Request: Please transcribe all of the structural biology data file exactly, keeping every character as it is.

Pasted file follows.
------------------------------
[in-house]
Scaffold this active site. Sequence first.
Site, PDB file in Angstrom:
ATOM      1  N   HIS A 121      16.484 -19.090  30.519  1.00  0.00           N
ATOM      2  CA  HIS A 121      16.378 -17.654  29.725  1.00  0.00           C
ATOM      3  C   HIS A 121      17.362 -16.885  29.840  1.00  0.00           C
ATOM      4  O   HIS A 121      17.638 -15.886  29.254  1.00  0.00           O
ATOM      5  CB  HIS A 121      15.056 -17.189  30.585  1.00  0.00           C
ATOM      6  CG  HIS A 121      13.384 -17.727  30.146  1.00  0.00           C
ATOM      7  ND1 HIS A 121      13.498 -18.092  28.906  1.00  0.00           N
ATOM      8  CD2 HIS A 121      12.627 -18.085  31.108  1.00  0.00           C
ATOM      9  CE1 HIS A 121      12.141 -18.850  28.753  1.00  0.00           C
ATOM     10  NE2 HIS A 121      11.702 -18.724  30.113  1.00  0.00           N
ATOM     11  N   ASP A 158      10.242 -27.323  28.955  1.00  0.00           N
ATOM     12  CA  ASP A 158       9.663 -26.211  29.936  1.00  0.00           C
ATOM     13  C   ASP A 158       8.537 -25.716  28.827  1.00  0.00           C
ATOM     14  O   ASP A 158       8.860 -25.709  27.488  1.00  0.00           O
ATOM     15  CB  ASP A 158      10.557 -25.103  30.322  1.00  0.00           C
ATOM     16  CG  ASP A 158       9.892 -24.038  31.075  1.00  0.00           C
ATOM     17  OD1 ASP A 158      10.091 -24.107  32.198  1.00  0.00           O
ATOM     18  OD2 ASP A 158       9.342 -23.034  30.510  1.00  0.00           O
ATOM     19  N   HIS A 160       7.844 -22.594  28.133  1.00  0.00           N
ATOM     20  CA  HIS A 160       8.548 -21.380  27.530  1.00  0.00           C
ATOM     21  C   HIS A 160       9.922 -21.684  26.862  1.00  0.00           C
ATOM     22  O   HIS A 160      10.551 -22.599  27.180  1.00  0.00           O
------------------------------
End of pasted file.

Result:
[in-house]
Scaffold this active site. Sequence first.
Site, PDB file in Angstrom:
ATOM      1  N   HIS A 121      16.484 -19.090  30.519  1.00  0.00           N
ATOM      2  CA  HIS A 121      16.378 -17.654  29.725  1.00  0.00           C
ATOM      3  C   HIS A 121      17.362 -16.885  29.840  1.00  0.00           C
ATOM      4  O   HIS A 121      17.638 -15.886  29.254  1.00  0.00           O
ATOM      5  CB  HIS A 121      15.056 -17.189  30.585  1.00  0.00           C
ATOM      6  CG  HIS A 121      13.384 -17.727  30.146  1.00  0.00           C
ATOM      7  ND1 HIS A 121      13.498 -18.092  28.906  1.00  0.00           N
ATOM      8  CD2 HIS A 121      12.627 -18.085  31.108  1.00  0.00           C
ATOM      9  CE1 HIS A 121      12.141 -18.850  28.753  1.00  0.00           C
ATOM     10  NE2 HIS A 121      11.702 -18.724  30.113  1.00  0.00           N
ATOM     11  N   ASP A 158      10.242 -27.323  28.955  1.00  0.00           N
ATOM     12  CA  ASP A 158       9.663 -26.211  29.936  1.00  0.00           C
ATOM     13  C   ASP A 158       8.537 -25.716  28.827  1.00  0.00           C
ATOM     14  O   ASP A 158       8.860 -25.709  27.488  1.00  0.00           O
ATOM     15  CB  ASP A 158      10.557 -25.103  30.322  1.00  0.00           C
ATOM     16  CG  ASP A 158       9.892 -24.038  31.075  1.00  0.00           C
ATOM     17  OD1 ASP A 158      10.091 -24.107  32.198  1.00  0.00           O
ATOM     18  OD2 ASP A 158       9.342 -23.034  30.510  1.00  0.00           O
ATOM     19  N   HIS A 160       7.844 -22.594  28.133  1.00  0.00           N
ATOM     20  CA  HIS A 160       8.548 -21.380  27.530  1.00  0.00           C
ATOM     21  C   HIS A 160       9.922 -21.684  26.862  1.00  0.00           C
ATOM     22  O   HIS A 160      10.551 -22.599  27.180  1.00  0.00           O